The Historian's Perils Essay

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The Historian's Perils

The objective of most higher-level education in general, and specifically of liberal education, is often misunderstood. The goal is not necessarily in direct preparation for a particular skill or for employment, but instead has a more indirect aim of instilling knowledge, frames of reference and the ability to think and express oneself. History is particularly rich in the opportunity it offers for learning how to think, owing in part to the challenges inherent in its subject matter and to the strong tradition among historians of cultivating the general powers of intellect. The techniques of historical study and thinking, exacting as they are, nonetheless have a high "carry-over" value for other subjects and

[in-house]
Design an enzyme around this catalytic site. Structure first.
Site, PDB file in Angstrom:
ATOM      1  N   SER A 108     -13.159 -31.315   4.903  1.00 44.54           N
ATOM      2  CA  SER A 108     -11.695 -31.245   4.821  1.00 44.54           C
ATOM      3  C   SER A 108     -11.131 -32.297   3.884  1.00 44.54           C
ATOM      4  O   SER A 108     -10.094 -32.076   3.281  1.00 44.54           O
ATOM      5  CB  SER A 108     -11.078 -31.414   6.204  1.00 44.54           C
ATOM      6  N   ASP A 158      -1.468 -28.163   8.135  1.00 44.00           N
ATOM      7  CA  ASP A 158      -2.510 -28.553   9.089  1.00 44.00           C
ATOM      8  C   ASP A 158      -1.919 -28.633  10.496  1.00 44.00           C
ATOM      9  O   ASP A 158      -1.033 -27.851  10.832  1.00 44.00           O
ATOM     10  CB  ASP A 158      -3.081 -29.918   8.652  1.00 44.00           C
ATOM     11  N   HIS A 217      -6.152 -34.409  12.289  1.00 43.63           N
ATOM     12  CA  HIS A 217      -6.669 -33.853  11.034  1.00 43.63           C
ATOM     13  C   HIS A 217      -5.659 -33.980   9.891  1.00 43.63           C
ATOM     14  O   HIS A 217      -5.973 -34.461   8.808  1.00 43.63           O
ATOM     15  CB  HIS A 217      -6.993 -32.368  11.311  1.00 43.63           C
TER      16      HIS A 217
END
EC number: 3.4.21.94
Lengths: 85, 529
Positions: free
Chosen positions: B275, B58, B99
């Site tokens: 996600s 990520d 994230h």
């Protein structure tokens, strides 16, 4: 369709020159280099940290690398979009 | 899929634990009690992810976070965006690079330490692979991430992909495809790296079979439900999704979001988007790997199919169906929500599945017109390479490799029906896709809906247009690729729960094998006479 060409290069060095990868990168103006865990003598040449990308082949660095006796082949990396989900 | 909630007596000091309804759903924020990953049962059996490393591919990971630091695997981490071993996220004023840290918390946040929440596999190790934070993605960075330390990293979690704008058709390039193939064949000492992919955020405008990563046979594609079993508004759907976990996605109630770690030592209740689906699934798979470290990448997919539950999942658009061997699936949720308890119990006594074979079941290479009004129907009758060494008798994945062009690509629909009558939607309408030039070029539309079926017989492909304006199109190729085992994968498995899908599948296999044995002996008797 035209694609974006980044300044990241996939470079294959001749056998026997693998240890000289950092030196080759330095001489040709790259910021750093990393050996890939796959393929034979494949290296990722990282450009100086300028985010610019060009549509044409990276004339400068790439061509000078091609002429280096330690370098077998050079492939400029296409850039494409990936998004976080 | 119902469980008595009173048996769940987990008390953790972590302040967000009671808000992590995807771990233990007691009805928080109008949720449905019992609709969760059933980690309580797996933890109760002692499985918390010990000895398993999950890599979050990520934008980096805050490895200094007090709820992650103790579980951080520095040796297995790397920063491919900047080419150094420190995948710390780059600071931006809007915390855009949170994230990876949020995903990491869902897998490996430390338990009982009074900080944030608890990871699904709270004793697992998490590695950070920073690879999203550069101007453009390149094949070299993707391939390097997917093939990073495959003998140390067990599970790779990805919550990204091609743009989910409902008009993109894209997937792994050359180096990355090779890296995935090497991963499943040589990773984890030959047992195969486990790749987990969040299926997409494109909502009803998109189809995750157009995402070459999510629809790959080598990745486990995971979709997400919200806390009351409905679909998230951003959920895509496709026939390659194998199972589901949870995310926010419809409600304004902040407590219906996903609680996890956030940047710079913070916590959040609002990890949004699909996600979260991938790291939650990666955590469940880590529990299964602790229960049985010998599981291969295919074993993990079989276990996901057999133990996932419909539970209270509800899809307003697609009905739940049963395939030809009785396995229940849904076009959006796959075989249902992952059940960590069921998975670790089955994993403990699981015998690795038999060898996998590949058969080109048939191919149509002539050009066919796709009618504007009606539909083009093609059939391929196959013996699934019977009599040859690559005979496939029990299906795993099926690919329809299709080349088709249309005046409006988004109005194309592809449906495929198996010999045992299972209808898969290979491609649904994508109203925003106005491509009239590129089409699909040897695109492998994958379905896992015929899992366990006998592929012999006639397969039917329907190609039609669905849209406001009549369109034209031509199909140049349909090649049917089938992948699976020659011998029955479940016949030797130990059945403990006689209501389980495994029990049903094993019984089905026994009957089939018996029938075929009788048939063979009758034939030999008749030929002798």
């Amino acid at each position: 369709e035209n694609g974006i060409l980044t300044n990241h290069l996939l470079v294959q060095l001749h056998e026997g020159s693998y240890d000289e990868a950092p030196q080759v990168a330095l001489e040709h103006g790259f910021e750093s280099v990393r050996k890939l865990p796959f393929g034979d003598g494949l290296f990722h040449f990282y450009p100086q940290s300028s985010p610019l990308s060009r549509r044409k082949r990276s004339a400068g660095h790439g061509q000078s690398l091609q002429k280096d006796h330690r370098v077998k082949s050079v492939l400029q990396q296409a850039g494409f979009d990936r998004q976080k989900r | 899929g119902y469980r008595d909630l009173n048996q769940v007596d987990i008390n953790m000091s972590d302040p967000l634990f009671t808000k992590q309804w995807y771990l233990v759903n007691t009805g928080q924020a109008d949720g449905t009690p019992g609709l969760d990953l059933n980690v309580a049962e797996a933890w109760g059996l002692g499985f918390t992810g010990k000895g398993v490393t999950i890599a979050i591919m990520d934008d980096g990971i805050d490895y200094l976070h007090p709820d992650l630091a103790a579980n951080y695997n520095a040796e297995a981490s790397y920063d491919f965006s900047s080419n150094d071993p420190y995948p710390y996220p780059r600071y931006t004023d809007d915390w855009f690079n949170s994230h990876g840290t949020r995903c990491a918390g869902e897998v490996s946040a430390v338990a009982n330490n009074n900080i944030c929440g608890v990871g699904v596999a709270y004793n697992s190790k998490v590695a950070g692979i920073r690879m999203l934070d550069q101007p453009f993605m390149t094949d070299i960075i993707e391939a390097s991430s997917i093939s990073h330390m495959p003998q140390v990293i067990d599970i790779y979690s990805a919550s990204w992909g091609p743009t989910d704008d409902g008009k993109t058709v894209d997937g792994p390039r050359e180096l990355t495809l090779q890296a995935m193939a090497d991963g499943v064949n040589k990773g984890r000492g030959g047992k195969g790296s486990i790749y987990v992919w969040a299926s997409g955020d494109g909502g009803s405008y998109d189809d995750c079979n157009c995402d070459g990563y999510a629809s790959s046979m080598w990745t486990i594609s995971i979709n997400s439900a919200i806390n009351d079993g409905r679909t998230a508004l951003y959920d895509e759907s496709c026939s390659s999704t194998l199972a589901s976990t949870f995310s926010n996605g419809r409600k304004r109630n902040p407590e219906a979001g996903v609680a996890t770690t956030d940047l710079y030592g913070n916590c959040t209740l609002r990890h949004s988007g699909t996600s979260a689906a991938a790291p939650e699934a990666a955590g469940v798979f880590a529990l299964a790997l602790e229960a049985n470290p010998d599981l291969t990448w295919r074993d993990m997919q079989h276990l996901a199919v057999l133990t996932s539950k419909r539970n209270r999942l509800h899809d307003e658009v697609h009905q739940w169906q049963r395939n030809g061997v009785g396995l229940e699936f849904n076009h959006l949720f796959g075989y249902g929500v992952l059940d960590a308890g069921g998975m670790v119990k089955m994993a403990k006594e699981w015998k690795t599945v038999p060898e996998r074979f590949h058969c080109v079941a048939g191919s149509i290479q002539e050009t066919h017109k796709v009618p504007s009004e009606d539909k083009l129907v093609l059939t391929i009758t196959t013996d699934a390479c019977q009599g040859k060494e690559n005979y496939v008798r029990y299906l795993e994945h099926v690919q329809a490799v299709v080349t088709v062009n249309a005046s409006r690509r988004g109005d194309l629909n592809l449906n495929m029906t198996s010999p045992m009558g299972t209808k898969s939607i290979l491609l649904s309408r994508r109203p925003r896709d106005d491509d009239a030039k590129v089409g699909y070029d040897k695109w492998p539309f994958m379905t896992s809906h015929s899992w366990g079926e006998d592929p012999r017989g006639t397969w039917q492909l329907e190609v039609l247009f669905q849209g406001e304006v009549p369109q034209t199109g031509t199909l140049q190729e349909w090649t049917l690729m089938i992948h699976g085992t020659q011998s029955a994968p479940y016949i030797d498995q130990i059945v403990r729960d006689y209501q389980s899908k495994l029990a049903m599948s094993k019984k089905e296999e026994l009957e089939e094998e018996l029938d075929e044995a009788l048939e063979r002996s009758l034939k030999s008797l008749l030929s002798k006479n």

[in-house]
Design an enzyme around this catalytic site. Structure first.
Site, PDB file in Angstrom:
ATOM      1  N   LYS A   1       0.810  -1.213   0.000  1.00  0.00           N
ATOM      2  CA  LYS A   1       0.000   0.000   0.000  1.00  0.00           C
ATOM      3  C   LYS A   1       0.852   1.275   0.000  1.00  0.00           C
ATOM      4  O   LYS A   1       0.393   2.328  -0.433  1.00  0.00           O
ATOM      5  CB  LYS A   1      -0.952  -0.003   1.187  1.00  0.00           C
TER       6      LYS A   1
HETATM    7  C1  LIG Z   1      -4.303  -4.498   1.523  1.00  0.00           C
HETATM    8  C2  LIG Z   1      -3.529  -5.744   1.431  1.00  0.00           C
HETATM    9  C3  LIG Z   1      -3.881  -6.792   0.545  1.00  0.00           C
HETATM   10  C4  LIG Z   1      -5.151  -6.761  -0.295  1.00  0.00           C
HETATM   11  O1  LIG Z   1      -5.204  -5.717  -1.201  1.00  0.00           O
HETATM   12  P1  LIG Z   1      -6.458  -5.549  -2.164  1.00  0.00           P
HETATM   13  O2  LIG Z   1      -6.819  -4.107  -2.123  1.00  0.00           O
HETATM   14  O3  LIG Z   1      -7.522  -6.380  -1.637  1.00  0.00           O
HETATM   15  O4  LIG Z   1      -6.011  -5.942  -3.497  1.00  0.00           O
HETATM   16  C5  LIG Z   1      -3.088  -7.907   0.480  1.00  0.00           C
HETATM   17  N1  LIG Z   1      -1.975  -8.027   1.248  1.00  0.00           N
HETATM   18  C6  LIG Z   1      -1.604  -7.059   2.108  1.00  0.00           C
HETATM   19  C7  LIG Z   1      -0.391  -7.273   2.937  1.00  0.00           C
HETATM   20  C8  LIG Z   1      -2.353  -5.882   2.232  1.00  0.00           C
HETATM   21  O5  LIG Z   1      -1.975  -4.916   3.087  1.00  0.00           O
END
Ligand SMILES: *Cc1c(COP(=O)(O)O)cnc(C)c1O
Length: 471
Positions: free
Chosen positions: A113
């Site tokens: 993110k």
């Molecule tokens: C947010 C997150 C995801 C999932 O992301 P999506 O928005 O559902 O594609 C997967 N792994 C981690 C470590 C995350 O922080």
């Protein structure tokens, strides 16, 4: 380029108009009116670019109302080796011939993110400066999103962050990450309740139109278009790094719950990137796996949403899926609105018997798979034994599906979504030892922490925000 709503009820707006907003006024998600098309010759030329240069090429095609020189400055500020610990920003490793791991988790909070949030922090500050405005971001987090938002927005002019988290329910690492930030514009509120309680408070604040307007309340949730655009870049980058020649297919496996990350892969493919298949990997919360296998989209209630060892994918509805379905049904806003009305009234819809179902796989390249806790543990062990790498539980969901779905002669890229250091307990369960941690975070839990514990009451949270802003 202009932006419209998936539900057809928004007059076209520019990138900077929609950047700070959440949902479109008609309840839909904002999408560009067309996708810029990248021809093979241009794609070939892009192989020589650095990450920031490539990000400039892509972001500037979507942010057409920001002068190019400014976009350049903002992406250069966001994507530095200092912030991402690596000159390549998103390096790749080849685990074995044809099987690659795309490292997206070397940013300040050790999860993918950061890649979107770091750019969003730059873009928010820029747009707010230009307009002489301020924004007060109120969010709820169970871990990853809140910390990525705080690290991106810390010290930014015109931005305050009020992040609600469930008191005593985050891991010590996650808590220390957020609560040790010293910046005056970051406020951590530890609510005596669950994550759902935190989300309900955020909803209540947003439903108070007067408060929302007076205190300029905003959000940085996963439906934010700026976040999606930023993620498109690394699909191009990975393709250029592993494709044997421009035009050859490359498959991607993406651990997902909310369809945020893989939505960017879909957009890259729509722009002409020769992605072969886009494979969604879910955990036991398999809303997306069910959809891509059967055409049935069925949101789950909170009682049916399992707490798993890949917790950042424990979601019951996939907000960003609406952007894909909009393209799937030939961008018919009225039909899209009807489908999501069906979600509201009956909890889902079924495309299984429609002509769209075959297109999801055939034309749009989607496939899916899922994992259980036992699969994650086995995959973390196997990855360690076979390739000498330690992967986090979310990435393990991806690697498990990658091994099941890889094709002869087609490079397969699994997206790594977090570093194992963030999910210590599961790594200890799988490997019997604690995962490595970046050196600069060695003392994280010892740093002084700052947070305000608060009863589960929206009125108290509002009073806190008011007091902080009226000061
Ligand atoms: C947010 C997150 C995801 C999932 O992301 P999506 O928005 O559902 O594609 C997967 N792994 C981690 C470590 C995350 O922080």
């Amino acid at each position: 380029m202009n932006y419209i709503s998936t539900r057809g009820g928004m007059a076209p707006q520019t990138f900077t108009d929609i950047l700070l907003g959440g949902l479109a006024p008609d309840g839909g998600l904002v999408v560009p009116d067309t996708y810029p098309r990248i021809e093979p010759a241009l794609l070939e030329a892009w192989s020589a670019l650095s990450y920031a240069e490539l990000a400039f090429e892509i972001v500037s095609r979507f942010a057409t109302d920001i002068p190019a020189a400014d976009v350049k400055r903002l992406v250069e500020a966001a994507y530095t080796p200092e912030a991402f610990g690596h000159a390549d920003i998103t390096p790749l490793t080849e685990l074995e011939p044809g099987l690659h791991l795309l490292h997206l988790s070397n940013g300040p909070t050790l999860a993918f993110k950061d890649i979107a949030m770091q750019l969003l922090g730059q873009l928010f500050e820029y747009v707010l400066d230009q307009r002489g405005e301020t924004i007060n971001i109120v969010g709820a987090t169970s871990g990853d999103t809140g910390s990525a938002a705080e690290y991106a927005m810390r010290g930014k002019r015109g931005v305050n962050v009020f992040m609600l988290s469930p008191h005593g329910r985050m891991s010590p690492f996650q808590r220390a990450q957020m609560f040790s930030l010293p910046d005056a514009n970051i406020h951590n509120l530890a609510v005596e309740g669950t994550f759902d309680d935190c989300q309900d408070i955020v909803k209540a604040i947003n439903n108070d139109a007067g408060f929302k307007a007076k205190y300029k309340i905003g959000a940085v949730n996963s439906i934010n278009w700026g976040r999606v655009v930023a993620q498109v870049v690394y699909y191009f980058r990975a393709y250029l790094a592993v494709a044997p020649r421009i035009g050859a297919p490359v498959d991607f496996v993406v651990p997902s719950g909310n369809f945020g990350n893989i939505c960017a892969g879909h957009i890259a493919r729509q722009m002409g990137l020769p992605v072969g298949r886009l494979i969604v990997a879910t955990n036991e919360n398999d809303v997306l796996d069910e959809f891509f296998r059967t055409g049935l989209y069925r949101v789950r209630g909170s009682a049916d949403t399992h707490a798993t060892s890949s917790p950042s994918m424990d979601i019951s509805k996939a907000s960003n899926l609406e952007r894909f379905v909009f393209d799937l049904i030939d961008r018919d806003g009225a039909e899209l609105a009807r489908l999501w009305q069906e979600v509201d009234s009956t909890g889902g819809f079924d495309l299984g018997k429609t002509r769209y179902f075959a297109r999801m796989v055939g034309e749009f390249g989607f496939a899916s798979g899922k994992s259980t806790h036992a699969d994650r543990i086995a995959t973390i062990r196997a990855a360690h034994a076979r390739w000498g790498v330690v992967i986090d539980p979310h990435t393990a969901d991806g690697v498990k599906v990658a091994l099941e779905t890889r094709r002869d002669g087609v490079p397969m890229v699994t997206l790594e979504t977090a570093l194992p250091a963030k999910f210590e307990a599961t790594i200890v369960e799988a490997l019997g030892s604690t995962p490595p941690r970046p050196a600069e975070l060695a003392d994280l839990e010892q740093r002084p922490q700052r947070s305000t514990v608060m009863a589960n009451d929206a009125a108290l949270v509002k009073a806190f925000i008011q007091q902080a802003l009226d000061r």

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This reconstructive process is a perilous one, fraught with potential for misinterpretation and/or misuse of the facts. The ambiguity of the "facts" themselves are clearly problematic, but more so are the ways those facts are discovered and subsequently presented. How does a historian know when he has reached genuine testimony of an event that transpired before he himself had even existed? Pictures can lie, and printed matter can be partisan - though commonly accepted as being true likenesses of their subjects, photographs and portraits (the former more so than the latter), are actually only indicative of what either the subject or the artist wanted others to see. Bearing this caveat in mind, pictures then become subject to the same scrutiny as any other piece of evidence, so much so that examining the angle, focus, location and pose of pictures becomes more revealing than perhaps the picture itself. Think about it: why was this subject or information deemed important enough to paint or take a picture of, and by whom? For what purpose and/or audience was it intended, and how if at all, did that intention differ from it's actual use? What was going on around the subject that didn't get captured in the picture? With any of these questions left unanswered, it becomes apparent that

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